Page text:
I'm trying to run a 6V/1A motor from a 5V/2.2A USB battery pack (i.e. a phone-charger battery bank).

I'm using a Pololu boost converter to make 6A (>80% efficiency), but the motor never starts, it just makes a stuttering 'glitch' noise.

I've tried putting big smoothing capacitors over the voltage lines in case inrush voltage drops were causing problems.

Any other ideas: circuits, protection diodes, etc? Thanks!

EDIT: Hi everyone, thanks for all your input. 1) I don't have a spec sheet - it's about the size of a D-cell battery and has a sticker saying Made in Germany, 6V/1A on it. 2) Trying to add it to an existing bit of kit which runs off a USB battery pack (the motor doesn't start even with this other kit removed), 3) Tried a few other USB batteries, some work, some don't - quality/brand name doesn't matter , 4) I'll give a floating battery/supercap a go and report back.

  • \$\begingroup\$ I will ask the moderator to change it to electronics stack exchange \$\endgroup\$ – Michel Keijzers Oct 28 '19 at 17:03
  • \$\begingroup\$ Do you mean 6A or 6V? (for the Pololo boost converter)? \$\endgroup\$ – Michel Keijzers Oct 28 '19 at 17:04
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    \$\begingroup\$ Please provide links to the datasheets for the motor, the battery pack, and the boost converter. Have you measured the actual voltage at the motor terminals? \$\endgroup\$ – Elliot Alderson Oct 28 '19 at 17:37
  • \$\begingroup\$ Most likely the startup current of the motor is high enough to cause the converter to shut down. Without more details, we're just guessing. \$\endgroup\$ – Phil G Oct 28 '19 at 18:09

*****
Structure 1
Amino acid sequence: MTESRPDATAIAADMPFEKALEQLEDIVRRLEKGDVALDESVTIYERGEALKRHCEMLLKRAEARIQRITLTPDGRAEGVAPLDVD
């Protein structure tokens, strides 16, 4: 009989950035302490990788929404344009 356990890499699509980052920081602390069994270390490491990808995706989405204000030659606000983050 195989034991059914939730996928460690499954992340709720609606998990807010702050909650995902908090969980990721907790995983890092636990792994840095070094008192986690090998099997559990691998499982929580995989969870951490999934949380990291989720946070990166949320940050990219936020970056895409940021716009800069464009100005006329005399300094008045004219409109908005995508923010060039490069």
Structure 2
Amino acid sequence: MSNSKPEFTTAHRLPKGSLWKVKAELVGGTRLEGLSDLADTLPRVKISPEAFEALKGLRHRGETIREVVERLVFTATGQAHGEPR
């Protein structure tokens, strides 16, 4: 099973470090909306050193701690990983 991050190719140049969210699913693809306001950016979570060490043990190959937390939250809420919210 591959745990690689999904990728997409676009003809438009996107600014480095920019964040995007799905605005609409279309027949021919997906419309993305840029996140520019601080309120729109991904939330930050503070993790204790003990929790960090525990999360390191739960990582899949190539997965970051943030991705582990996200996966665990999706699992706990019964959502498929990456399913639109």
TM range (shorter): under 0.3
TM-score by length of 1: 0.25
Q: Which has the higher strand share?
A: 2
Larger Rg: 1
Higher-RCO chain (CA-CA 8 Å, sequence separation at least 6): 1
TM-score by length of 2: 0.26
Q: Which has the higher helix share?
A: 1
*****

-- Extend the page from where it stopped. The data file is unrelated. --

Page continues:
• \$\begingroup\$ Using a boost converter for a motor is rarely a good idea. Likely you've just bought the wrong assortment of components. Your simplest solution is likely going to be some number of AA cells, primary or possibly NiMH moved between your project and an external charger. \$\endgroup\$ – Chris Stratton Oct 28 '19 at 18:20

I had a similar problem using a Pololu boost regulator to drive a motor. Placing capacitors before and after the regulator made the problem worse. The regulator drew a lot of power but failed to reach the full output voltage.

My conclusion was that the high initial load caused the bench power supply current limit to kick in, at several times the expected working current. This caused the regulator input voltage to drop within 5-10 ms of start. I assume the regulator at this point would work even harder to compensate for the voltage drop. This apparently ruined some feedback loop of the regulator, putting it in a locked-up state even though the steady-state power draw would be well supported by the power supply.

Increasing the current limit of the power supply solved the problem. So I suspect the peak current rating of your USB battery bank. Check with another power source. Also, my experience with USB cables is there's a wide difference in cable quality (= resistance), which also could be detrimental to the initial current in-rush.

If possible, monitor input and output voltage from the regulator with an oscilloscope. The events the first 15 milliseconds were very revealing for me.


Tried a few other USB batteries, some work, some don't

Then you already found a solution. I might have been able to contribute the 'why'.

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  • \$\begingroup\$ I came to a similar conclusion about the initial power surge - moving to a wall-wart USB output worked fine - but I like your voltage drop causing the boost to compensate harder explanation. yeah - I guess I do have a solution, but the trial-and-error power-bank fix is deeply unsatisfying (not to mention expensive!) \$\endgroup\$ – Dave Issacs Oct 29 '19 at 15:51
  • \$\begingroup\$ It you have an oscilloscope, you can do "trial-and-measure" instead. Without detailed specifications of the battery banks, motor and regulator, solving the problem by theoretic calculation is not possible. \$\endgroup\$ – Anders Petersson Oct 29 '19 at 15:58

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